Ostrava was once known as the “Czech Republic’s Iron Heart,” largely because of this huge industrial plant that opened in 1830. The plant housed an ironworks, a coal colliery, and six coke furnaces. It was the only one in Europe that processed iron from start to finish in one location, and it was able to do so simply because the site was so massive. The plant operated until 1998, when it shut down production for good.
The plant was preserved as a site of industrial heritage and today visitors can walk amongst the hulking structures that once produced most of Czechia’s iron. Historical tours explain how the iron was produced, and what it was like to work here in the innards of furnaces that reached 2,700˚F. They can take an elevator to the very top of Furnace No. 6 to see the whole complex from above.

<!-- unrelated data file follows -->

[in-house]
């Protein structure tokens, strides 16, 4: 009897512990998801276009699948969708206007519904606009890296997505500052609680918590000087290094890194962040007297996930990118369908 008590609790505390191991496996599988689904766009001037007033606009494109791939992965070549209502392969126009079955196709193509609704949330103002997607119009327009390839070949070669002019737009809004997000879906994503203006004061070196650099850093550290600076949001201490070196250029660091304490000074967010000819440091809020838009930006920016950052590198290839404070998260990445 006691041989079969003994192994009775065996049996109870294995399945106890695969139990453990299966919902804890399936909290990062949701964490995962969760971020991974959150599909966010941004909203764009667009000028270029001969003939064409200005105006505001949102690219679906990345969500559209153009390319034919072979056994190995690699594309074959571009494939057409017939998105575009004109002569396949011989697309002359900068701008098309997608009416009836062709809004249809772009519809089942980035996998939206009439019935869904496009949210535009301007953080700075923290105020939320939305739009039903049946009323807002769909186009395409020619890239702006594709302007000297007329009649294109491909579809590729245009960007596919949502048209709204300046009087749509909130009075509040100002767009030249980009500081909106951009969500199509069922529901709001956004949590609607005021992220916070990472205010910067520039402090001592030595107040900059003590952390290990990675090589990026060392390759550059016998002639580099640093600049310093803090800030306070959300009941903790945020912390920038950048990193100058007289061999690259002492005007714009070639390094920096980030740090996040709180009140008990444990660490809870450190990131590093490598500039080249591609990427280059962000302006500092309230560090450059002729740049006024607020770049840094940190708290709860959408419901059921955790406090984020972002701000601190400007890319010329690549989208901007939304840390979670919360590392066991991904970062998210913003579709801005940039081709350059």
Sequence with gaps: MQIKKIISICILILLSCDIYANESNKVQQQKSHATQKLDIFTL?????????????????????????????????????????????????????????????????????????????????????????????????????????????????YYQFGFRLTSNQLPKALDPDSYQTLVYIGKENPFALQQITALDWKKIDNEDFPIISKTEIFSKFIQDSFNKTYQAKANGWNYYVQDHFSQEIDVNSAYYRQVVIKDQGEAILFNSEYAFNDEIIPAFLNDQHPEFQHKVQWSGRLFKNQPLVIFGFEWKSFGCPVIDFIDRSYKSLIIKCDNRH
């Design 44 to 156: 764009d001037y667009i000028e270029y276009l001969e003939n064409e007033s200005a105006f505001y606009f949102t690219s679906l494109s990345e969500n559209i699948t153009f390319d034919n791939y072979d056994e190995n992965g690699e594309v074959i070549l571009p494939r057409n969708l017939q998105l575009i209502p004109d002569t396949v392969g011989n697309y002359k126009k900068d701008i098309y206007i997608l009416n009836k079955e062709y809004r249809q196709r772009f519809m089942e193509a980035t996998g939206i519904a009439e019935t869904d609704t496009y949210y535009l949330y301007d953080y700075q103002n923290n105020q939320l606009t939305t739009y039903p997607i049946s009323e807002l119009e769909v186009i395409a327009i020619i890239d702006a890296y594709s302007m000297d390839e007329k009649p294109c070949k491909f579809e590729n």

The setting is like something out of a dystopian science fiction novel, with industrial machinery rusting everywhere you look, and Lower Vítkovice has taken full advantage of its appearance. The Science and Technology Centre hosts exhibits on everything from mathematics to nanotechnology. The former power plant is now the Small World of Technology, a Jules Verne-themed industry museum, while the gas holder has been transformed into 1,500-seat auditorium.
Concerts and film screenings take place here, while other cavernous industrial buildings host art exhibitions and performances. Ski races have been staged using the rusted machinery as obstacles. Lower Vítkovice has become the cultural hub of Ostrava, evidenced by the dozens of people picnicking on the grassy grounds beneath the giant tanks and furnaces.